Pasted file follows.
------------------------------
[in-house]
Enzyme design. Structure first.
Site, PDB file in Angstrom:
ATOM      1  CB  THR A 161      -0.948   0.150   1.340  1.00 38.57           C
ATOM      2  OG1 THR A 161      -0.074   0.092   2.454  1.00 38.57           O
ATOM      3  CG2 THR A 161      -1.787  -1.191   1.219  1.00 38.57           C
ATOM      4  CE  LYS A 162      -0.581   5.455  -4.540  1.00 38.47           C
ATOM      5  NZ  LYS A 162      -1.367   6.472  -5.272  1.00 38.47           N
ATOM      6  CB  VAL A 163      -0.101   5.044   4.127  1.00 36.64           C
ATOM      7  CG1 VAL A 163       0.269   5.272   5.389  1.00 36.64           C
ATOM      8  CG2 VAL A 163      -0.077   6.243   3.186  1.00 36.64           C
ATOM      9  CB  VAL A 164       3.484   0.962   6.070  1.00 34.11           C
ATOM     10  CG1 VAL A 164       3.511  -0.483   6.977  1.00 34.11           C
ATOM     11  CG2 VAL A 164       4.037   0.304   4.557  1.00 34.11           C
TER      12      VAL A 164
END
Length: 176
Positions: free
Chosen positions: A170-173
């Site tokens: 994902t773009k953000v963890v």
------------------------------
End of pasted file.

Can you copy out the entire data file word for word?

[in-house]
Enzyme design. Structure first.
Site, PDB file in Angstrom:
ATOM      1  CB  THR A 161      -0.948   0.150   1.340  1.00 38.57           C
ATOM      2  OG1 THR A 161      -0.074   0.092   2.454  1.00 38.57           O
ATOM      3  CG2 THR A 161      -1.787  -1.191   1.219  1.00 38.57           C
ATOM      4  CE  LYS A 162      -0.581   5.455  -4.540  1.00 38.47           C
ATOM      5  NZ  LYS A 162      -1.367   6.472  -5.272  1.00 38.47           N
ATOM      6  CB  VAL A 163      -0.101   5.044   4.127  1.00 36.64           C
ATOM      7  CG1 VAL A 163       0.269   5.272   5.389  1.00 36.64           C
ATOM      8  CG2 VAL A 163      -0.077   6.243   3.186  1.00 36.64           C
ATOM      9  CB  VAL A 164       3.484   0.962   6.070  1.00 34.11           C
ATOM     10  CG1 VAL A 164       3.511  -0.483   6.977  1.00 34.11           C
ATOM     11  CG2 VAL A 164       4.037   0.304   4.557  1.00 34.11           C
TER      12      VAL A 164
END
Length: 176
Positions: free
Chosen positions: A170-173
């Site tokens: 994902t773009k953000v963890v």